Those who highlight China's alleged ambitions for control may have different agendas and motivations.
GT: How is China's space program by international standards?
Ouyang: Different countries have different advantages and disadvantages.
Japan has better equipment and India has the advantage over China in computer software.
In the final round of a marathon, several groups form. We could use this analogy to describe the current situation in the field of lunar exploration. The US and Russia belong to the leading group with the strongest strength.
Although China is the only other country to have performed a space walk, we still lag far behind these two countries. The second group refers to those that have launched lunar probes, such as India, Europe, and Japan. That's where China is.
Of course, there is a third group covering all the countries that are preparing to get involved in the field. Out of the needs for their own national development, more countries are expected to join the team in the future.
GT: The US has suspended its Constellation program at the beginning of 2010, and India is determined to realize manned lunar exploration in 2020. Will these affect China's plan?
Ouyang: I have been paying attention on the space policy of the US. I think the Obama administration generally agree with George W. Bush's space plan, since it is necessary to maintain the US space leadership, control the future energy sources and safeguard the US military strategy.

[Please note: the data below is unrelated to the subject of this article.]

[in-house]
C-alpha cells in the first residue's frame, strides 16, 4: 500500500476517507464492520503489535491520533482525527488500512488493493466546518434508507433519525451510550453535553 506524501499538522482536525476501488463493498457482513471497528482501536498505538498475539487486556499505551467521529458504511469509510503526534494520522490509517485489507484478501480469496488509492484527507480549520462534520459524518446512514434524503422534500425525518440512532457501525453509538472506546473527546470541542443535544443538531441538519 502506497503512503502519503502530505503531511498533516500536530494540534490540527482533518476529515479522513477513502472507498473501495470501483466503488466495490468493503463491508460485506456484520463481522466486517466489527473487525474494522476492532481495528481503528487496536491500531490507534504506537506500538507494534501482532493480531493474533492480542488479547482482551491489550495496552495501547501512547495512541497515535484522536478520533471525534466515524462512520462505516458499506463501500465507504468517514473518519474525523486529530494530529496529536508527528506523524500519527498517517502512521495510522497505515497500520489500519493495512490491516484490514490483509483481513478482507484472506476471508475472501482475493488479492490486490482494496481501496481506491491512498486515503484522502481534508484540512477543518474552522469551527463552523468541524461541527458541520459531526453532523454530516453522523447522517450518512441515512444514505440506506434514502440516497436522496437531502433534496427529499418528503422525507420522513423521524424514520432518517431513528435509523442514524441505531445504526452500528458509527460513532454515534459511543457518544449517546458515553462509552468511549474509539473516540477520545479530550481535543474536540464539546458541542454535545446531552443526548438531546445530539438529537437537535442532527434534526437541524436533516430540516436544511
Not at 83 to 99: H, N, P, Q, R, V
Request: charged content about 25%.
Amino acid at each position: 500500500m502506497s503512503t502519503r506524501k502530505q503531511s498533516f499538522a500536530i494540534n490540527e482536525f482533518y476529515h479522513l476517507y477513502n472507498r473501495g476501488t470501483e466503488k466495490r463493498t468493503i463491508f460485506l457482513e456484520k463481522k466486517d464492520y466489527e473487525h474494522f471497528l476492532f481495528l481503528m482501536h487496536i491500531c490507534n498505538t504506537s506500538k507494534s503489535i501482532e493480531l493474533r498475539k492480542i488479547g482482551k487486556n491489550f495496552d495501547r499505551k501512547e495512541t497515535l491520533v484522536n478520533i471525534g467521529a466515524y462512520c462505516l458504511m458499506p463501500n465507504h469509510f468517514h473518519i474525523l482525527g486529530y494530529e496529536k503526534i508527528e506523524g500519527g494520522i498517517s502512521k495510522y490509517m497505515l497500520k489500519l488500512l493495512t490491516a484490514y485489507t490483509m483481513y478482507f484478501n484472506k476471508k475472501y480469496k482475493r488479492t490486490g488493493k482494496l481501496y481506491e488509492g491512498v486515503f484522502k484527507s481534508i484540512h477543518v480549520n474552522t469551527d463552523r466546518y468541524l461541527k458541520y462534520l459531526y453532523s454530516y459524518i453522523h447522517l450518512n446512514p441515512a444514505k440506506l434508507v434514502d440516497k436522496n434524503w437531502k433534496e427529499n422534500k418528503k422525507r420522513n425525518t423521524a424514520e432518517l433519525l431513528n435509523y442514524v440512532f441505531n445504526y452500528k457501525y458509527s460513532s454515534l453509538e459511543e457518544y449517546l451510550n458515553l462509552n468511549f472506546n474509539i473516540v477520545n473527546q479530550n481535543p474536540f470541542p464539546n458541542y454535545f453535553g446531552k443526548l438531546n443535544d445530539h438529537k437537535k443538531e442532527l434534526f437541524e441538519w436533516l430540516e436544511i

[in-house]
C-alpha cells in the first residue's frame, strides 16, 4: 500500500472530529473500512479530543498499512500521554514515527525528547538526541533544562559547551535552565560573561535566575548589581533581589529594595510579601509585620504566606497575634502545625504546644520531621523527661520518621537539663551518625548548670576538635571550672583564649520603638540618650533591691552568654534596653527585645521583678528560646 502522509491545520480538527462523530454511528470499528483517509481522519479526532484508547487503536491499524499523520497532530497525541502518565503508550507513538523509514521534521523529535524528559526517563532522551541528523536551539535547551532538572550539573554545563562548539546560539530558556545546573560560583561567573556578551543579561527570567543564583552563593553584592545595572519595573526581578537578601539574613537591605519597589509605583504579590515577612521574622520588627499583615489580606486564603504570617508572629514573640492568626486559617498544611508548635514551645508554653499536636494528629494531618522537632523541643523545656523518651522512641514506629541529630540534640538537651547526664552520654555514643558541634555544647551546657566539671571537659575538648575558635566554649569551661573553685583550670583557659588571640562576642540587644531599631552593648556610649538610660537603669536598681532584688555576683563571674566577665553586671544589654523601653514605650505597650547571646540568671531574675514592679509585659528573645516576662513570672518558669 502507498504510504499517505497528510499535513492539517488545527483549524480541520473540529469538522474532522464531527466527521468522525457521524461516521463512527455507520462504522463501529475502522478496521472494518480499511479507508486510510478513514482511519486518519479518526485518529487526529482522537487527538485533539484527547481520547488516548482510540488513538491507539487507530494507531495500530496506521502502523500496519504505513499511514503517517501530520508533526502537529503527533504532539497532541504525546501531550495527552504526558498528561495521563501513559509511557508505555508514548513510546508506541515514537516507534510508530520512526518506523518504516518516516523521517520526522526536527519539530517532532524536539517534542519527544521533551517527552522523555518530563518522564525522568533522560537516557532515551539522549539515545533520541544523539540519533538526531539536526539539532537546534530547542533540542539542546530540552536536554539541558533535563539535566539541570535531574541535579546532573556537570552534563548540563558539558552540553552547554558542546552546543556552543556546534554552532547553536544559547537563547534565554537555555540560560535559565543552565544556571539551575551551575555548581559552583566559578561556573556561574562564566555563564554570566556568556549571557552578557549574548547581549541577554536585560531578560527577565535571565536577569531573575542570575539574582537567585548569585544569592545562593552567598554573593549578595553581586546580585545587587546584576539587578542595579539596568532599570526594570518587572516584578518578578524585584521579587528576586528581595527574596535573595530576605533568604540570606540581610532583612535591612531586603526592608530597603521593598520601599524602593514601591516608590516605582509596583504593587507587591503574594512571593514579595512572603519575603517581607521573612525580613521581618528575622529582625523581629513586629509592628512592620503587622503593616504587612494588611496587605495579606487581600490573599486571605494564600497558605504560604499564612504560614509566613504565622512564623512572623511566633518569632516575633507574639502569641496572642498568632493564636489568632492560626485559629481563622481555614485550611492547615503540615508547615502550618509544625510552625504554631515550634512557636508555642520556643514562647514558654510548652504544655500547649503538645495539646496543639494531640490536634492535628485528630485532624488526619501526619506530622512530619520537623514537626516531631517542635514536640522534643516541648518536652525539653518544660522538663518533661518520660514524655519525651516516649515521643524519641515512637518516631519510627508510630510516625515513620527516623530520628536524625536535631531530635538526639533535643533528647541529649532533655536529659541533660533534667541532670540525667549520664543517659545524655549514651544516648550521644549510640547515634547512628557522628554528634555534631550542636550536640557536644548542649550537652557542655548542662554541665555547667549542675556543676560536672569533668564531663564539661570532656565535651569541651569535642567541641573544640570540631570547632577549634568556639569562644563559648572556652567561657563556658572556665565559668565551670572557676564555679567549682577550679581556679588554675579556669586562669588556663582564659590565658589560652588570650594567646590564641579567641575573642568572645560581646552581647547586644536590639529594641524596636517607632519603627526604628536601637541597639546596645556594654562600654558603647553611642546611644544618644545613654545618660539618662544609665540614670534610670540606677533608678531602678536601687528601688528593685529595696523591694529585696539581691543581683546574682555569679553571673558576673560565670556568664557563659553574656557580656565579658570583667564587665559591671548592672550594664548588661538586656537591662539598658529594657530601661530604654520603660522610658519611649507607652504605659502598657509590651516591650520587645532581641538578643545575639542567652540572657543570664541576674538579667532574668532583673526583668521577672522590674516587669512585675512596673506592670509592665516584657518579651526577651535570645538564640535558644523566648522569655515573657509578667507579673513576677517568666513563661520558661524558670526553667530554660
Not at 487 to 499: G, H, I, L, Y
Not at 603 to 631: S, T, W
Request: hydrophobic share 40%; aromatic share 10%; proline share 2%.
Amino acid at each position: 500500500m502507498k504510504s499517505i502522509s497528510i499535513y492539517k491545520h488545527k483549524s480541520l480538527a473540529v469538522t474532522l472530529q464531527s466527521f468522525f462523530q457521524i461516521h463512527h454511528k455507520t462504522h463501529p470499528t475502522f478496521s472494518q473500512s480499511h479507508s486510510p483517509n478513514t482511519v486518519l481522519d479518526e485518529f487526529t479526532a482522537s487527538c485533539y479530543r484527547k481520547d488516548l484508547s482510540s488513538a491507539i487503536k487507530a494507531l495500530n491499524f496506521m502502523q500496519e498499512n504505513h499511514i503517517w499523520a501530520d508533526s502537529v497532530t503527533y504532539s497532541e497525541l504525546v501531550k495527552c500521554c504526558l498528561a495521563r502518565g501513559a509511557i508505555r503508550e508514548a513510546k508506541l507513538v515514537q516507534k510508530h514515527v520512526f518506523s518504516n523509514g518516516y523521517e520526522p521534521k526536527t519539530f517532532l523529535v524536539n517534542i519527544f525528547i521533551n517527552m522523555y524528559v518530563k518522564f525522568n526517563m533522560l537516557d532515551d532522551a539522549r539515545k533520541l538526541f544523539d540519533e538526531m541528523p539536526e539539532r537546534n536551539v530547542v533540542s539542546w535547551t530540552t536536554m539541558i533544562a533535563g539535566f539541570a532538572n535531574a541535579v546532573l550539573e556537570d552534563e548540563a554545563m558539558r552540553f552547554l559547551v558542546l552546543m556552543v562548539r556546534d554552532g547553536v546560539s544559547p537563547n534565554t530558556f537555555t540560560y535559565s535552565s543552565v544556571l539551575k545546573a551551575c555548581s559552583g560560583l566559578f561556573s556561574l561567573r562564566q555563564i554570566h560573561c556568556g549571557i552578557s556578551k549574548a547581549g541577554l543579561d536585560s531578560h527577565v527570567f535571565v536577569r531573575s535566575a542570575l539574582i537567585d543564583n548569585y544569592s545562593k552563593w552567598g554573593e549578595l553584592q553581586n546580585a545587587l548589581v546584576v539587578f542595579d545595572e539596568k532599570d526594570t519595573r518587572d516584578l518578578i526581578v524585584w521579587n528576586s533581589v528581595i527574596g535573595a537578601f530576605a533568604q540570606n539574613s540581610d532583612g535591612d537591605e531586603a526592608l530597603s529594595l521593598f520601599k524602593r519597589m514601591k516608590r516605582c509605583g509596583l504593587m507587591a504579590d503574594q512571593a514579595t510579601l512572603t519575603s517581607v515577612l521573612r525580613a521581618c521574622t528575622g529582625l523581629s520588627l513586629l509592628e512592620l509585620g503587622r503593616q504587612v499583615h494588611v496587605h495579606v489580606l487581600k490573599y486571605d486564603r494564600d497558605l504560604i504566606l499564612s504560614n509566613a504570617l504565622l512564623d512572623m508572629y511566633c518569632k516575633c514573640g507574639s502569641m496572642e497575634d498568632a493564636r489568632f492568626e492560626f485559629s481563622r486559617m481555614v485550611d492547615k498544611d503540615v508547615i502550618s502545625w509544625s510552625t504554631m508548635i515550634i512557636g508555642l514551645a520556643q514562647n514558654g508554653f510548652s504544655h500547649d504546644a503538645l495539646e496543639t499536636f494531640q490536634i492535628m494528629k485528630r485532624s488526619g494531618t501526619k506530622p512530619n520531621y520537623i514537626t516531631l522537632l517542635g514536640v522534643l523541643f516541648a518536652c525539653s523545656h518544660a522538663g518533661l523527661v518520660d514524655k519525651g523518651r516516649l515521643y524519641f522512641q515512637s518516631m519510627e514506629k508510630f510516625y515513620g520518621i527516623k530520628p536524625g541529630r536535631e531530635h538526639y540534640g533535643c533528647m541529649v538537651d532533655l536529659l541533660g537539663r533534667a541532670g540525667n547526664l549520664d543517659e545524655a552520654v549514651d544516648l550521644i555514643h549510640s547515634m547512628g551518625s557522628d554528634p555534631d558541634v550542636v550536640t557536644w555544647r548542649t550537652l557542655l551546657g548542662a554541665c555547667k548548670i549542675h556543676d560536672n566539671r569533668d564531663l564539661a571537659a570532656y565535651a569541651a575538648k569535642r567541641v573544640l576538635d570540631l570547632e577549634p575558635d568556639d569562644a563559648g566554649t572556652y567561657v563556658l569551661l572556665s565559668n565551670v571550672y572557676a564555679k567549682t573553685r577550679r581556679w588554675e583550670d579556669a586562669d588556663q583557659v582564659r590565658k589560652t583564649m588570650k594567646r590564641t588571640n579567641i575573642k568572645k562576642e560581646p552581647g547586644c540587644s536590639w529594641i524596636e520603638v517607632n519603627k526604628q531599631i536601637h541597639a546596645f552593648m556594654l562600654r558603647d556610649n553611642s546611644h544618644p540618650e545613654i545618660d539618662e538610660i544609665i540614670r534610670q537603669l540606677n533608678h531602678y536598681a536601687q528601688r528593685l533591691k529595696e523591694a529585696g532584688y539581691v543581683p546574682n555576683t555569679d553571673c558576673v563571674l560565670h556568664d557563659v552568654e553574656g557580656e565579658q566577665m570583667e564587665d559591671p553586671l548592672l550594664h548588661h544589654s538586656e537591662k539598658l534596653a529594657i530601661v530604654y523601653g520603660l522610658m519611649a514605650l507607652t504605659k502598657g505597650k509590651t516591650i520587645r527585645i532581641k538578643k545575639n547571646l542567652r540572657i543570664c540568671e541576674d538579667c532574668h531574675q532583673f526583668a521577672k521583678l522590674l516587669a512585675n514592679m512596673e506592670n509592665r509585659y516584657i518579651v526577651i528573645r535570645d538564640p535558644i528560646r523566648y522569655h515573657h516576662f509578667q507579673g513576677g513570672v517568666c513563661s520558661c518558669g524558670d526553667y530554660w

However, the US suffered great trauma from the financial crisis. Due to the slow economic recovery, the US couldn't afford a huge lunar exploration plan with a total investment of $108 billion. But it is noticeable that although the US suspended the Constellation program, it didn't give up rocket or spaceship research.
I have communicated with other countries' chief scientists for lunar exploration and they all expressed that their country would stick to their original plans. So will China. Although US lunar exploration has slowed down, it will not affect the global lunar exploration process.
India has always taken China as a competitor in this regard. It is determined to realize manned lunar exploration by 2020. We need to understand India. As a large country, it needs lunar exploration to spur technological development and invigorate the national spirit.
GT: Will China land on the moon?
Ouyang: The precondition for manned lunar exploration is that we must assure the safe return of the astronaut to the Earth. Any unnecessary risk is not allowed. Therefore, China is very cautious and moves forward step by step according to our own capability.
There is still not a definite timetable for China's manned lunar exploration. The former director of NASA once said that if China were willing, it would send its astronaut to the moon by 2020. Some domestic scientists have suggested 2025 as a proper time and some have suggested 2030.
We scientists have conducted relevant research on manned lunar exploration, and are trying to realize the national dream of landing on the moon as soon as possible.
GT: What's your attitude on international cooperation on lunar exploration?
Ouyang: China has been sticking to peaceful space exploration and objects to any form of space militarization. China welcomes international coopera-tion and has been constantly seeking international cooperation.
We always hope to learn from others' experiences and purchase advanced equipment from them.